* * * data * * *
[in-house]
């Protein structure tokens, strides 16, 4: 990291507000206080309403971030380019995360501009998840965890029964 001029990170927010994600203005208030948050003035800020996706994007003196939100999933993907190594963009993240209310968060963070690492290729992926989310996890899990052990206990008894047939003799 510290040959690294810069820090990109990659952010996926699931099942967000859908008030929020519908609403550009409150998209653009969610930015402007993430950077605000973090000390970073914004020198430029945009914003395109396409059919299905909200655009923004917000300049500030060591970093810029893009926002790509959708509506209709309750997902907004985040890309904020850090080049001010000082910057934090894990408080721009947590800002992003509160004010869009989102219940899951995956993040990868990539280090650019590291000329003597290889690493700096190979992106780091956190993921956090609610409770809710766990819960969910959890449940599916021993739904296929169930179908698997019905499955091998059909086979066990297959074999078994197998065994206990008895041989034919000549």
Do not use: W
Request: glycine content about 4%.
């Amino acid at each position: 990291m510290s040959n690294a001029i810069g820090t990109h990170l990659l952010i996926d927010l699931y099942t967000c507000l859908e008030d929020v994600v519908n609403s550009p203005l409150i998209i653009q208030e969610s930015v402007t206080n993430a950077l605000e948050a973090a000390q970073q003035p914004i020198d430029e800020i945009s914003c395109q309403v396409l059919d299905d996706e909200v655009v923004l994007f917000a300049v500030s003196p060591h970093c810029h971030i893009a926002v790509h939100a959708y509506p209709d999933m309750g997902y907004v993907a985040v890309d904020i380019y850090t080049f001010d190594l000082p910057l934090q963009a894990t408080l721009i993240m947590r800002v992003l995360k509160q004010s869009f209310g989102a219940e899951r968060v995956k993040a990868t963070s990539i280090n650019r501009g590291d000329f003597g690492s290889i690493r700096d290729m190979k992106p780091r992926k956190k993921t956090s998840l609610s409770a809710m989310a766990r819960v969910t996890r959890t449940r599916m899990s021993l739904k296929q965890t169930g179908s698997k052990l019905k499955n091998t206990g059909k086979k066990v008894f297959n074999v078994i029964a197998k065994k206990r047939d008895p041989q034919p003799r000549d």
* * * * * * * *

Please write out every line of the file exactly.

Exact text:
[in-house]
């Protein structure tokens, strides 16, 4: 990291507000206080309403971030380019995360501009998840965890029964 001029990170927010994600203005208030948050003035800020996706994007003196939100999933993907190594963009993240209310968060963070690492290729992926989310996890899990052990206990008894047939003799 510290040959690294810069820090990109990659952010996926699931099942967000859908008030929020519908609403550009409150998209653009969610930015402007993430950077605000973090000390970073914004020198430029945009914003395109396409059919299905909200655009923004917000300049500030060591970093810029893009926002790509959708509506209709309750997902907004985040890309904020850090080049001010000082910057934090894990408080721009947590800002992003509160004010869009989102219940899951995956993040990868990539280090650019590291000329003597290889690493700096190979992106780091956190993921956090609610409770809710766990819960969910959890449940599916021993739904296929169930179908698997019905499955091998059909086979066990297959074999078994197998065994206990008895041989034919000549």
Do not use: W
Request: glycine content about 4%.
């Amino acid at each position: 990291m510290s040959n690294a001029i810069g820090t990109h990170l990659l952010i996926d927010l699931y099942t967000c507000l859908e008030d929020v994600v519908n609403s550009p203005l409150i998209i653009q208030e969610s930015v402007t206080n993430a950077l605000e948050a973090a000390q970073q003035p914004i020198d430029e800020i945009s914003c395109q309403v396409l059919d299905d996706e909200v655009v923004l994007f917000a300049v500030s003196p060591h970093c810029h971030i893009a926002v790509h939100a959708y509506p209709d999933m309750g997902y907004v993907a985040v890309d904020i380019y850090t080049f001010d190594l000082p910057l934090q963009a894990t408080l721009i993240m947590r800002v992003l995360k509160q004010s869009f209310g989102a219940e899951r968060v995956k993040a990868t963070s990539i280090n650019r501009g590291d000329f003597g690492s290889i690493r700096d290729m190979k992106p780091r992926k956190k993921t956090s998840l609610s409770a809710m989310a766990r819960v969910t996890r959890t449940r599916m899990s021993l739904k296929q965890t169930g179908s698997k052990l019905k499955n091998t206990g059909k086979k066990v008894f297959n074999v078994i029964a197998k065994k206990r047939d008895p041989q034919p003799r000549d």